Govt urged private TV stations to revise rates to stay in the game

Production houses and programme suppliers are of the opinion that all stations should change their procurement system


PRIVATE television stations need to review their programme procurement rates to stay in the game following the government’s move to increase the price tags for programmes that are supplied by independent producers to channels that are run by Radio Televisyen Malaysia (RTM).

Production houses and programme suppliers are also of the opinion that all stations should change their procurement system to suit the current changes and market movements.

Talent development director at Broadway Entertainment Malaysia Amiruddin Mohd Karim said apart from increasing the procurement rates, the stations should allow production houses ownership of the copyrights to their shows.

“In most cases, the copyright belongs to the station and, therefore, the production house ends up being a subcontractor to the TV station.

“That causes the production house to only work according to the budget provided to them because, at the end of the day, the final product is not theirs,” he told The Malaysian Reserve (TMR) recently.


Copyrights to the Shows

Amiruddin said by having the copyright to the content, it would push producers to be more innovative in creating contents to be put out for viewers as they could explore their creativity and showcase it to the masses.

Producer and owner of Pencil Pictures & Records Sdn Bhd Datuk Normashayu Puteh seconded Amiruddin’s view and said that producers need to retain their copyrights to the shows they produced which could also be exposed to a bigger market.

“If the TV station only holds it for two or three years, producers can then bring the show elsewhere after the contract is done. But if the station wants to own the copyright to the shows then the pay for producers should be high,” she said.

As for RTM’s new rates, Normashayu said review is timely as it has never been revised since it was set in 1986.

Revised Procurement Rates

Last week, Communications and Multimedia Minister Gobind Singh Deo announced that the revised procurement rates had been approved and will be effective from April 2020.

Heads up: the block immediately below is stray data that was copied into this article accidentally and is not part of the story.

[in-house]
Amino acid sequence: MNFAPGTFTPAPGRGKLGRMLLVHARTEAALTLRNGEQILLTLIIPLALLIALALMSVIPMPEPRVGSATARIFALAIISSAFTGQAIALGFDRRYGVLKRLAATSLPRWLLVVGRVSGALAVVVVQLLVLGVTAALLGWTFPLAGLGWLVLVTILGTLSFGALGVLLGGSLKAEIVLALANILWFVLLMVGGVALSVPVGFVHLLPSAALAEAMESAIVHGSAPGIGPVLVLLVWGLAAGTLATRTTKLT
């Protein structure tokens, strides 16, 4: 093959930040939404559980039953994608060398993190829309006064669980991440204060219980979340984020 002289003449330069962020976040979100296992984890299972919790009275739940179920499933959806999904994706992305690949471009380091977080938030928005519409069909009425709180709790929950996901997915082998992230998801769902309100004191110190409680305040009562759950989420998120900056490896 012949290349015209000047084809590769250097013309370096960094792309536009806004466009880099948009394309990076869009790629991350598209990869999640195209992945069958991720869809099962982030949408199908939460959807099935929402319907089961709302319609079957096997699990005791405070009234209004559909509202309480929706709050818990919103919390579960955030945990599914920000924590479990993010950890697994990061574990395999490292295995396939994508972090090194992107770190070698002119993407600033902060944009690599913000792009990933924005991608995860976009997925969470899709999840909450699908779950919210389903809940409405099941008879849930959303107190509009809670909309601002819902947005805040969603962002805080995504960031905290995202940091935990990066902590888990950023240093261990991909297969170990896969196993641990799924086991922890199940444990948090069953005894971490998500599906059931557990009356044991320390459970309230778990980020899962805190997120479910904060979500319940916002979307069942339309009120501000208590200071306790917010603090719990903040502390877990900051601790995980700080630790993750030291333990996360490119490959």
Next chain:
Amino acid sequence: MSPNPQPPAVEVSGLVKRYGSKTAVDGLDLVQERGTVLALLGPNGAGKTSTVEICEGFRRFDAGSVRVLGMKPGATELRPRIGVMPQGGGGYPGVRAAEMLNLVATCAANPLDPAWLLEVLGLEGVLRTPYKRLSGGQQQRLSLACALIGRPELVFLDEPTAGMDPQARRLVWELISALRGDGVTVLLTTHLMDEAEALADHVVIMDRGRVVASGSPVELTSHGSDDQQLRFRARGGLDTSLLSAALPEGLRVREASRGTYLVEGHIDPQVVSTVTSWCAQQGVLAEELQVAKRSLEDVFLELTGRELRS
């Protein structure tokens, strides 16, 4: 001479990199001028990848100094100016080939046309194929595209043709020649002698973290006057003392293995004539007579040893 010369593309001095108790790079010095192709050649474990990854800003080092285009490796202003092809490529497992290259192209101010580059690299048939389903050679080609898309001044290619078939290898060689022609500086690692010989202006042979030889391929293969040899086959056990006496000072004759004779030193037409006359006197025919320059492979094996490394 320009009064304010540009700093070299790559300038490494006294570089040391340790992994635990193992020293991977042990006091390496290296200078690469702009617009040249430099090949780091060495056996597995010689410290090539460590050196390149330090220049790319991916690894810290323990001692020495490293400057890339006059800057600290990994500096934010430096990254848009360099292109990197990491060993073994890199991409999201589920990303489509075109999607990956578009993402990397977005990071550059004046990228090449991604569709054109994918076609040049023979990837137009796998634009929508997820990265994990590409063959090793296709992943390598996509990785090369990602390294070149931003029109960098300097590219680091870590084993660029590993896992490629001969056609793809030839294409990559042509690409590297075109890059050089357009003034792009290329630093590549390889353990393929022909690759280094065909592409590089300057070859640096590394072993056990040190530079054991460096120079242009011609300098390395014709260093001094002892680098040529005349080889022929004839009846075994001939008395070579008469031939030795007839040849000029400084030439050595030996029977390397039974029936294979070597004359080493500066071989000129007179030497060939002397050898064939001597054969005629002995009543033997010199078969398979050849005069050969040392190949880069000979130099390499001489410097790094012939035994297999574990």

Rates for telefilms are expected to increase between 20% and 60%, while drama series will see a hike between 30% and 60%.

For documentaries, the rate will be increased between 10% and 30%, while animated series can expect an increase of 30%.

The current RTM rate for a 30-minute drama is RM23,000, drama with an-hour long episode is RM43,000, while the rate for telemovie stands at RM110,000.

The payments are, however, given after filming is done which means producers would have to use their own funds first to produce a show.

Unlike RTM, Normashayu said TV3 may offer a lower rate — at RM95,000 per telemovie — but the payment is made in advance which is a tremendous help for producers.

She said the current rates are insufficient and producers struggle to create quality shows based on the budget provided, and the new revised rates should also be fixed instead of having tiers depending on the quality of a show.

“They should appreciate our work and us as a production team. I made a promise to myself that when the rate is good, I would give quality content,” she said.

Amiruddin added that there should also be a clearer outline on which shows deserve the higher rate (60% increase).

He also questioned if the amount would be given prior to the filming process or after it is produced.

Meanwhile, RTM and other government channels are expected to see a boost in the quality of the content following the government’s decision to revise the procurement rates upwards.

Variety of Options

As it is, Persatuan Karyawan Malaysia President Datuk Freddie Fernandez said the stations are already competing with various entertainment platforms that could be easily accessed by the consumers.

He said the government’s decision to increase the rate would encourage producers to offer a variety of options for viewers to enjoy, and the upgrade and improvement are vital if RTM wants to attract more viewers and achieve high ratings for shows that are produced for the channels.

“We need new and compelling content that will attract viewership and make loyal followers out of them.

“Writers and directors have to be extra creative and come up with new exciting and unique ideas with interesting concepts and storylines to attract viewers,” he told TMR.

Fernandez said enhanced quality shows on RTM will bring along a new level of healthy competition among various private stations and other digital content offerings which will benefit the viewers in terms of the options they are able to choose from.

He added that the station also has to stay clear of producers who may not be able to deliver high viewership and instead demand for top quality content from production houses that are offered production contracts as the new rates are rolled out.

“All players will have to work harder and come up with compelling content in order to survive in a very tough market environment where choices for advertisers are growing by the day,” he added.